MELVIN LINDSEY, WHUR -- FM 96.3: Melvin Lindsey says he moves with a "quiet aggressiveness" like a tide. He is unassuming, but rising nonetheless.
In two years, he has risen at WHUR from weekend replacement to star of the "Quiet Storm," the nighttime radio show with the top rating among Washington's over-18 audience.
"Melvin brings a laid-back, smooth sophisticated style to the station," Jesse Fax, WHUR program manager, said.
On nightly from 7 until midnight, the show is a reflection of Lindsey's moods and musical tastes. If he's brokenhearted, "I'm going to make all of Washington cry," he says. If he's happy, D.C. will smile with him.
"When I first started, I was somewhat nervous and scared," he says. "The program developed out of that shyness. I was afraid to talk.
"Then the third weekend, I got a letter from Lorton (Reformatory) signed by 196 inmates, saying how much they liked the program. It really touched me."
But, at 24, Melvin Lindsey says he is changing. He is making it a point to act as slick as other radio personalities, and he is exchanging some of his shyness for a subtle stylishness.
As the urging of friends, he traded in his "tacky (Ford) Capri" for a 1979 luxury model Audi.
He trimmed his hair. Got contact lenses. Signed a three-year contract with WHUR. Enrolled in a master's degree program in business administration at George Washington University. Matured a little. And, he says, aged prematurely.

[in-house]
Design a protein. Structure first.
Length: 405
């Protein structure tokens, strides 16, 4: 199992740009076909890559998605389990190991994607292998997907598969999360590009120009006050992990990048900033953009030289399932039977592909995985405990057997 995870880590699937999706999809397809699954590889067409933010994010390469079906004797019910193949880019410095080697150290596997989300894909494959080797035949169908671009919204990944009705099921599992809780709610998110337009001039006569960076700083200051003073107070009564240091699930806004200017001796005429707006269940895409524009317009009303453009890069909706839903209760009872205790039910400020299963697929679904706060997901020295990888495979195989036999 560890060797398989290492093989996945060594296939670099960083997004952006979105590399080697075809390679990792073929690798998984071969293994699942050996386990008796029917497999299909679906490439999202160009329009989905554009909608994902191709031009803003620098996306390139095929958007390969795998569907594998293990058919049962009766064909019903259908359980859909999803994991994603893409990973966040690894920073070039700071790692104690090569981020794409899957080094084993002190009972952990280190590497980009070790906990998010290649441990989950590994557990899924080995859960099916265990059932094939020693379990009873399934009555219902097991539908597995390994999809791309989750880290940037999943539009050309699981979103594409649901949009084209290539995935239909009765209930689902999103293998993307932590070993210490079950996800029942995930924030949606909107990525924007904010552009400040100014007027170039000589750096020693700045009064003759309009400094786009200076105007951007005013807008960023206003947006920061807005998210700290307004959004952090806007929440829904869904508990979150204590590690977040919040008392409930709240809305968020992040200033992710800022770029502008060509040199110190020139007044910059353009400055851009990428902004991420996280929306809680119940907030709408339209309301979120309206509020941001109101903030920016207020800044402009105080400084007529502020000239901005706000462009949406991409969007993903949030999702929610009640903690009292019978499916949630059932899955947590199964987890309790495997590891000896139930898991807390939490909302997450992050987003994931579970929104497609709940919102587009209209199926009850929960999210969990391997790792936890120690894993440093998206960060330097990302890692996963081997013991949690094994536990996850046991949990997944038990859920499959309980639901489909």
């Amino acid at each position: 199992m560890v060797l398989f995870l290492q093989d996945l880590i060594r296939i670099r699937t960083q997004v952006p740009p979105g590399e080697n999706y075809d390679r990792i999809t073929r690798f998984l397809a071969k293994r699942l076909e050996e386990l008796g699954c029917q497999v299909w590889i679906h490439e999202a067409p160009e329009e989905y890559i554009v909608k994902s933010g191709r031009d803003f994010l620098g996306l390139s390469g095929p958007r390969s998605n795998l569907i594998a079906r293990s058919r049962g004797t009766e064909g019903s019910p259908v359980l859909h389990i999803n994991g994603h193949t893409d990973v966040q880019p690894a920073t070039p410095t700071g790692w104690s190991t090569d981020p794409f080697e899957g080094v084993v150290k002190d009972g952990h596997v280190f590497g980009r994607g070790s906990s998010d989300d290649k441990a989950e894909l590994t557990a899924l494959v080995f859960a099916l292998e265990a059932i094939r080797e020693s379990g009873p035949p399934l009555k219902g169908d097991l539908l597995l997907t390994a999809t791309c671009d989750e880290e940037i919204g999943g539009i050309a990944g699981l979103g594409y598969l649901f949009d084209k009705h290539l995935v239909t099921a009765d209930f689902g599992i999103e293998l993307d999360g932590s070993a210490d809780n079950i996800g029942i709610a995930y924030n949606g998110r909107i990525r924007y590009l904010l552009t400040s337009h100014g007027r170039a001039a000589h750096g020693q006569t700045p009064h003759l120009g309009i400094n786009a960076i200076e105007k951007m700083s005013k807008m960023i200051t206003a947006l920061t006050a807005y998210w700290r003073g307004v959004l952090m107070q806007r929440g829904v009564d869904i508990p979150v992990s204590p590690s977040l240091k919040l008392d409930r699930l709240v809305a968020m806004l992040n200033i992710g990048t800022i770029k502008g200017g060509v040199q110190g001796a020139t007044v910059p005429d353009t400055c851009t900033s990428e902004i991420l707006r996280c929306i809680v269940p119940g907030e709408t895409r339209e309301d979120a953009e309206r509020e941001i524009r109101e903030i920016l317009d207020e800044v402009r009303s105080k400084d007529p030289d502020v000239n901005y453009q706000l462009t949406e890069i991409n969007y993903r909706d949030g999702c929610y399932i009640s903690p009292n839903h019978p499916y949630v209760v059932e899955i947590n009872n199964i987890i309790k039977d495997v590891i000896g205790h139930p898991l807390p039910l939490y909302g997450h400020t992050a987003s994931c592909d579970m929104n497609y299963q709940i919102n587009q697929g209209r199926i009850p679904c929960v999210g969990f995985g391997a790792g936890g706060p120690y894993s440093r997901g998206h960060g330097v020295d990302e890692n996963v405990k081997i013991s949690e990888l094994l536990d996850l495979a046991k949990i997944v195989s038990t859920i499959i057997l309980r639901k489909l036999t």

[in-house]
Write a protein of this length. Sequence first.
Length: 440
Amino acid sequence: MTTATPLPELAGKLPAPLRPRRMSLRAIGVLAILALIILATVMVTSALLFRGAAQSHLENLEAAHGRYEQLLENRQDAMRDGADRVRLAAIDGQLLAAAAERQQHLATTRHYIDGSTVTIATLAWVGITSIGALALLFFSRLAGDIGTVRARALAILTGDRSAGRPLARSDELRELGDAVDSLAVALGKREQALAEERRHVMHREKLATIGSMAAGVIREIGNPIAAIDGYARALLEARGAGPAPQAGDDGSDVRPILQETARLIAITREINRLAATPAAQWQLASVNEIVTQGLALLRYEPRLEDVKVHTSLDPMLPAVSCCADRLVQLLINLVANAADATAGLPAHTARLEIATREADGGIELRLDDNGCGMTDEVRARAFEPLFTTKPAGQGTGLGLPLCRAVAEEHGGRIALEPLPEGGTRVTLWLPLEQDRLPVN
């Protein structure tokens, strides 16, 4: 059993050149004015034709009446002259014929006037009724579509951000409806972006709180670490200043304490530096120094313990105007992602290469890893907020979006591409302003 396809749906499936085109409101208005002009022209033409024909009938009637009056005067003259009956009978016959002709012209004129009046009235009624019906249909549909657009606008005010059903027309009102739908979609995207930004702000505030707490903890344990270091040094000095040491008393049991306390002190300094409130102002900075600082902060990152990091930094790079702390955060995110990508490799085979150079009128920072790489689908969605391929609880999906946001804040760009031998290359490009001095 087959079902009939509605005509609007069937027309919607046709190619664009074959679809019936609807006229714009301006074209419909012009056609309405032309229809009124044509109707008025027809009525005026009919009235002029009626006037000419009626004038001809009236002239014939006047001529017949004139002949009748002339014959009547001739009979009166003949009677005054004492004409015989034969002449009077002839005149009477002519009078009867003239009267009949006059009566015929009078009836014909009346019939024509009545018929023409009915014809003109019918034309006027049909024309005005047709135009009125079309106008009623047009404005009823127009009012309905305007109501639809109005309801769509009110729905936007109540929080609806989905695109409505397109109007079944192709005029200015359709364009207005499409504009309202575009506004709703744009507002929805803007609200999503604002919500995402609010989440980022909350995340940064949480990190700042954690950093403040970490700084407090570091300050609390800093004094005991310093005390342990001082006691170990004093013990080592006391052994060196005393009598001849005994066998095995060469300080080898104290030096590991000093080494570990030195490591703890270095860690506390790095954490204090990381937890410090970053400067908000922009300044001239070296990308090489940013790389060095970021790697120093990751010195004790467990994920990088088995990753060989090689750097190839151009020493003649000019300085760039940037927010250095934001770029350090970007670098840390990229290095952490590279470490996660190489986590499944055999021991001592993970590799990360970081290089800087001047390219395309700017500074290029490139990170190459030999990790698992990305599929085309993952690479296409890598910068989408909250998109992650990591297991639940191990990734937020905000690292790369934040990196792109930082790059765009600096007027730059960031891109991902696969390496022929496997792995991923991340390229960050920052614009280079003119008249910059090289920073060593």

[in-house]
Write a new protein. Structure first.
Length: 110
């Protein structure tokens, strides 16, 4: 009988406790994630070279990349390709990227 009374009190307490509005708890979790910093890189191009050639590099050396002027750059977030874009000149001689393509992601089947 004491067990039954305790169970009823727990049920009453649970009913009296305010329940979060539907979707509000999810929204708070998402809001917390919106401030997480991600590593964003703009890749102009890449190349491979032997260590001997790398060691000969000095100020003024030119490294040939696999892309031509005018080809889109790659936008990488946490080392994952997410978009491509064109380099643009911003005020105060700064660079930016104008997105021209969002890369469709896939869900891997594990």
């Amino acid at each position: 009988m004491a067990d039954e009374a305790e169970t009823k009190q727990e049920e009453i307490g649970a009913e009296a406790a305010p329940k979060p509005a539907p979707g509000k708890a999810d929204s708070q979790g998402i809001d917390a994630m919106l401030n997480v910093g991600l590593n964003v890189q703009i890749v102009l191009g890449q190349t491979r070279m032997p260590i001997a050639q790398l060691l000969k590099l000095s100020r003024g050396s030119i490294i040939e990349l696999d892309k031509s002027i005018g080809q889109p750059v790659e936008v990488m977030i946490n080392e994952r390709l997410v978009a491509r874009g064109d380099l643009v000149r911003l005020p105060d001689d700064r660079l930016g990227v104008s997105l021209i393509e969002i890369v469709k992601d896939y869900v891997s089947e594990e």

Occasionally Lindsey alludes to a brief stint two years ago as a promotion assistant at NBC. It was a score point in his career.
"They weren't using my talents," he says. "I felt I was selling an unsuitable product to the public."
At the time, he said, "WKYS was hot," while WHUR was aiming primarily at the Howard University jazz crowd. Lindsey said he sensed a snobbishness at WKYS, an attitude that the people at WHUR "don't know what they're doing."
Lindsey returned to the station with a vengeance. "My goal was to make everyone listen to the "Quiet Storm." At that time WHUR was programming to the talented tenth at Howard. But, hey, you have a Northeast, a Southeast and a Southwest, too.
"I like to think I'm a real person. I'm struggling to pay my rent like everyone else. My biggest critics and the people I look to for programming are the people in the street."
As a result of their guidance, he says, "the radio industry is virtually ours in this city.
"And KYS," he laughs, "is over there trying to make it work.
"I'm competitive," Lindsey acknowledges. "I'm quietly aggressive. I know what I want and I usually know how to go about getting it."